The volume of information generated and stored globally grows by an alarming 59 per cent each year. With the volume boosted significantly by unstructured data associated with social media usage and mobile devices, many organisations have to look at how they can manage their often vast legacy archives of paper-based information in an increasingly complex digital environment. Frequently, the organisation will see the digitisation of all its entire paper archive as the fast track to a fully digital future. The reality, however, is not so straightforward.
Jeremy Hunt, Secretary of State for Health, recently announced plans to make NHS patient records paperless by 2018. He pledged that at least one region in England would have a fully portable, electronic health record system in place before the next election.
A growing body of evidence shows that reducing an organisation’s dependence on paper could boost efficiency, reduce risks and cost, and enhance the ability to extract and harness the full value of information. Being able to share patient information quickly, securely and seamlessly between GP surgeries, hospitals and the emergency services could save precious time, and even lives.
A completely paperless environment such as the one proposed by Jeremy Hunt, while a laudable objective, is not without significant challenges, however, and it is not always best practice. Before considering a complete information management overhaul, a note of caution is required.
While it is tempting to think that huge gains in efficiency can be found by digitising everything, this is an expensive process. It does not necessarily require the scanning of every single document in an organisation's archive. A better approach would be to digitise only where and when required. In practice, this means that new documents should be stored digitally, while documents from existing paper files that will be retrieved rarely should only be absorbed into the digital system if and when they are actually required.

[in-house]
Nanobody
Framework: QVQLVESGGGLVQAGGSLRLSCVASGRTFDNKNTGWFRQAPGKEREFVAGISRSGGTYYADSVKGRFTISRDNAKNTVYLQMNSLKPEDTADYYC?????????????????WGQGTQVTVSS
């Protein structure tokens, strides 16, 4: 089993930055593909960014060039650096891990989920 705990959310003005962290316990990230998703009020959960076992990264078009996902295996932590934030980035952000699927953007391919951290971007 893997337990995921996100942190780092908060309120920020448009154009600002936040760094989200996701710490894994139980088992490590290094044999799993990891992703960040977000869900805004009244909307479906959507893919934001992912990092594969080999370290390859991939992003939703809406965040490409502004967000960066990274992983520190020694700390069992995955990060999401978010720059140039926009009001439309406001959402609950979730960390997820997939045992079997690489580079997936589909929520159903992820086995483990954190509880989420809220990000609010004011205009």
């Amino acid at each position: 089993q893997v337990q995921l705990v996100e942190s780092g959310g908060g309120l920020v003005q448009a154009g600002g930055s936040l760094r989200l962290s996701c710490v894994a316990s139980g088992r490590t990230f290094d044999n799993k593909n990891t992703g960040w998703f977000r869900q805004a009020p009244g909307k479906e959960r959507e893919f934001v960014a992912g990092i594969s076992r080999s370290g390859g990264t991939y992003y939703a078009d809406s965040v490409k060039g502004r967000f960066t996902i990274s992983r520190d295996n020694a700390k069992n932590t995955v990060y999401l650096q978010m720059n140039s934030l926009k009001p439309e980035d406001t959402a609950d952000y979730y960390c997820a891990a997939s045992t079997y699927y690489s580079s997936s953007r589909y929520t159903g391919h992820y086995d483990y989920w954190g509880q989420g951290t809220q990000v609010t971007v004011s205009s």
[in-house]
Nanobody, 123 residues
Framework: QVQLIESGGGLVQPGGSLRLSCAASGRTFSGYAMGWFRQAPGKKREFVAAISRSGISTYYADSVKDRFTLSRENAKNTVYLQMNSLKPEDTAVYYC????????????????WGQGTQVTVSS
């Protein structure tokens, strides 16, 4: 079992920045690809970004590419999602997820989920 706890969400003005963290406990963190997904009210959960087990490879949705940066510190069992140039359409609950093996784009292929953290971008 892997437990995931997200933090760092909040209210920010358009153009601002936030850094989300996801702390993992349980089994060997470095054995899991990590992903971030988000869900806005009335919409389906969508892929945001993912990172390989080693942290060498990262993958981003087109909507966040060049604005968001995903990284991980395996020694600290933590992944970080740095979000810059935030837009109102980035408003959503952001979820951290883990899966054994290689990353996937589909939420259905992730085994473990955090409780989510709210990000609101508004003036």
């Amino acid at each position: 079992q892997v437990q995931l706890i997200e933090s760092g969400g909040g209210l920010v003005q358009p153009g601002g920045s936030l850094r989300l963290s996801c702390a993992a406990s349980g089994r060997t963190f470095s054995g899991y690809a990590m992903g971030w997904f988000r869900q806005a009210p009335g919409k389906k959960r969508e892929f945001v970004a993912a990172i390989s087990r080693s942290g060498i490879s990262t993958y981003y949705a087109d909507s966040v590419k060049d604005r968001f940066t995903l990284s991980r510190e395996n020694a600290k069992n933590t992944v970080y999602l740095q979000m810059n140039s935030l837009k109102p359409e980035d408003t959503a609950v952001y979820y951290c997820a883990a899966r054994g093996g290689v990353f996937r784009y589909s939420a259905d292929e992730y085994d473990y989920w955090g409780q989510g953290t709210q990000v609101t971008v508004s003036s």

To be effective, organisations are advised to take a long hard look at their paper-based information; decide what is most important, or used most often, and then digitise those documents; archiving the remainder in a secure, environmentally-controlled and monitored off-site location or ensuring they are securely destroyed in line with legal requirements and mandated retention schedules.
For organisations such as the NHS to achieve efficiency, the first step is for them to understand what information is held and where it is. Only then will it become possible to understand what to digitise, what to store off-site and what to destroy. To take any other approach is likely to incur unnecessary cost and resource. To rush into a decision, that would require the transformation of box upon box of patient records, is not advisable.
Jeremy Hunt is right to challenge the NHS’ approach to information management to drive efficiency and bring NHS record into the digital age. However, in the current economic climate, it may be wise to see a paperless NHS as a longer term goal. The first step for the NHS should be the creation of a paper-light, paper-efficient environment.